Back to the matter at hand: As helpful as Libraries is, it’s not a feature that “wowed” me. It’s expected evolution, given that Adobe’s ultimate goal is to have its apps work in unison. What does “wow” me is the new Extract feature, one that allows you export whichever project assets you want to your personal Adobe Cloud for access through a Web browser.
Alright – I admit there’s nothing “wow”-worthy about that, so here’s a screenshot that should clear things up:
What you see here is an entire PSD file opened up inside of a browser via the Extract feature. The representation of the file is perfect, which is extremely important given the folks who would take best advantage of Extract: Web developers.
When a PSD file is viewed through the Extract feature, all of its individual elements can be clicked on, either to grab an asset for use in an external program, or to view some key information. In this particular example, a font layer is clicked to reveal CSS code that a Web developer could directly implement into their page; and, if that person doesn’t have access to the required font, it too can be downloaded from the bottom-right corner.
Of all the features introduced in this CC update, the Adobe Shape mobile app may impress me the most. Available for iOS (and Android in the near-future), Shape lets you scan the environment with your camera to single-out shapes, and once the yellow outline matches what you’re looking to extract, a mere click of the button will turn anything gathered into a vectorized image. From there, you can delete what you don’t want from the scene, and then you’ll be left with a file you can adjust to your heart’s content in Illustrator.
Because the resulting image is vectorized, you’ll be able to scale it up and down without quality loss, as well as change its color. Shape doesn’t only have to be used to capture shapes that already exist; if you wanted, you could simply sketch something on a piece of paper and turn that into a vector, as well. In the above shot, the “Calligraffiti” logo is captured off of a book cover, and in the following image, the result is put to use:
What Adobe Shape does for vectors, Adobe Brush does for… well, brushes. With this app, you can use your device’s (still iOS-exclusive for now) camera to capture an object and then turn it into a brush. For this to work ideally, you’d draw your brush on a clean piece of paper, but you don’t have to if your goal is simply to have fun. In one example shown, a person was turned into a brush.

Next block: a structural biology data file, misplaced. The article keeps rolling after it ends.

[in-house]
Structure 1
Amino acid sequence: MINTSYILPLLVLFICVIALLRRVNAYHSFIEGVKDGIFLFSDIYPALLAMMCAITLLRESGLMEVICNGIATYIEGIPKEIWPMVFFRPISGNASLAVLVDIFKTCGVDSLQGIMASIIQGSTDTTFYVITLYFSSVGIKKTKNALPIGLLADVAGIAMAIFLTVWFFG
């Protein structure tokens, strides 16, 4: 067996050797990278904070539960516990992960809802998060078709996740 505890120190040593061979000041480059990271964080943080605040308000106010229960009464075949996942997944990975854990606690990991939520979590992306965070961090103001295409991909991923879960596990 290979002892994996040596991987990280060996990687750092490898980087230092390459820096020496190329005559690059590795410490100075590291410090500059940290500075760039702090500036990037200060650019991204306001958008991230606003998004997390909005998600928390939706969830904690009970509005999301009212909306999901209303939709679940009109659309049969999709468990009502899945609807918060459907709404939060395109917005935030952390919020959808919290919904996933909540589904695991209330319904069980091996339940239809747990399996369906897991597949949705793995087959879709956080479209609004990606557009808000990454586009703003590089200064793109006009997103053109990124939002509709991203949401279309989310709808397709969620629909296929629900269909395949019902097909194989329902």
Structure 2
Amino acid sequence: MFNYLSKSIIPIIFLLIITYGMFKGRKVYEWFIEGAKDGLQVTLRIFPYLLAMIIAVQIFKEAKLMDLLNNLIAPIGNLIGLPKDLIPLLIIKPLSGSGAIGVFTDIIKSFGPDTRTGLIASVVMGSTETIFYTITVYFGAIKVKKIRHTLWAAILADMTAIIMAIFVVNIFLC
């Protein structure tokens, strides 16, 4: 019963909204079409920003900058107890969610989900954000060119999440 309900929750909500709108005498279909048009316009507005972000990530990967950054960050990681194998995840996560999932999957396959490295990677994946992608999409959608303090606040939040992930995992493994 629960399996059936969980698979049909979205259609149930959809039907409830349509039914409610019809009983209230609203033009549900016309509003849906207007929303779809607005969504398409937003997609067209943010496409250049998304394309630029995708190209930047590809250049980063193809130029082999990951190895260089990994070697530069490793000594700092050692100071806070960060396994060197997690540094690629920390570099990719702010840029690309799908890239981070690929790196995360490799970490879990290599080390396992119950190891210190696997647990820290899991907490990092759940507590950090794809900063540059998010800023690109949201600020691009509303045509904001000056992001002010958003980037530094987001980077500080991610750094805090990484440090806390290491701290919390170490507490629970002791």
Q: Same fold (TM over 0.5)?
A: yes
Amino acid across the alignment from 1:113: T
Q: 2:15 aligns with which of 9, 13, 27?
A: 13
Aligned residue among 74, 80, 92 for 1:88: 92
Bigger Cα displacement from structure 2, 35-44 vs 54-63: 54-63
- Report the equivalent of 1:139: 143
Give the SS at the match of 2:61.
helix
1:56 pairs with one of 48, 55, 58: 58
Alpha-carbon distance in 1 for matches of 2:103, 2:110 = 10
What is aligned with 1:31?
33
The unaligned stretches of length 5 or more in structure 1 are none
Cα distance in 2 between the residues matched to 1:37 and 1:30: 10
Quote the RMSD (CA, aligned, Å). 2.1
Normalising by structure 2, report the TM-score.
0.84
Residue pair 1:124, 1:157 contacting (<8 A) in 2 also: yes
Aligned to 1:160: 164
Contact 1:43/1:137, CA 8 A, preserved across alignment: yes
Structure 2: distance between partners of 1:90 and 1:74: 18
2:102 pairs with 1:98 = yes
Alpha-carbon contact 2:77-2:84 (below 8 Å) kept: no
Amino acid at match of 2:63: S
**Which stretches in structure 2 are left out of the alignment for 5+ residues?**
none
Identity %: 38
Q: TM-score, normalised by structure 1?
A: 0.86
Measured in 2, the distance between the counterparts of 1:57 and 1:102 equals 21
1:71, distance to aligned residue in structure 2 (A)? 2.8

Once your brush is imported into the app, you can specify where it begins and ends, and it will automatically create a brush that will perfectly flow on the digital paper as you swipe it across. Like typical brushes, the strokes will become darker if you keep applying them to the same spot on your digital canvas.
Alongside Shape and Brush, Premiere Clip is another brand-new mobile app, and as its name no doubt gives away, its purpose in life is helping you manage your video clips while on-the-go. I wouldn’t blame you if you thought that this app was used only to create quick projects for uploading to YouTube, but in actuality, it’s a robust editor that allows you to export the entire project into the full-fledged Premiere Pro for further editing.
In addition to having access to important video features like trim and a timeline, you’ll also be able to take advantage of royalty-free soundtracks. Further, if you dub any soundtrack over your video, you can take advantage of the Auto Mix feature which will automatically reduce the volume of the soundtrack if someone is speaking in the scene. Normally, you’d have to do this manually, and it goes without saying, that’s tedious.
Once you’re done editing on mobile, you can tap a couple of options and export the project in all of its glory to Premiere Pro:
I’m not a fan of editing anything on mobile that can’t be fine-tuned on the desktop, so that definitely makes Premiere Clip intriguing to me. Like the other apps, this one is iOS exclusive for now.
When Adobe first told me that there were some cool Creative Cloud updates coming this week, I admit I didn’t realize that there’d be quite so many. Without a doubt, this is an impressive update pack, and while I think Shape might be my favorite feature added here, many of the other features are down-right useful – like Libraries and Extract.
Fortunately, Adobe’s not teasing these features today just to let you go a while before you can take advantage of them. By the time you read this, the update should be reflected from within the Creative Cloud app, ready for your download. Whereas the June update actually installed brand-new versions of many applications, this update will simply patches those.
Now if you’ll excuse me, I’m going to go mope over the fact that Shape isn’t available for Android (yet…).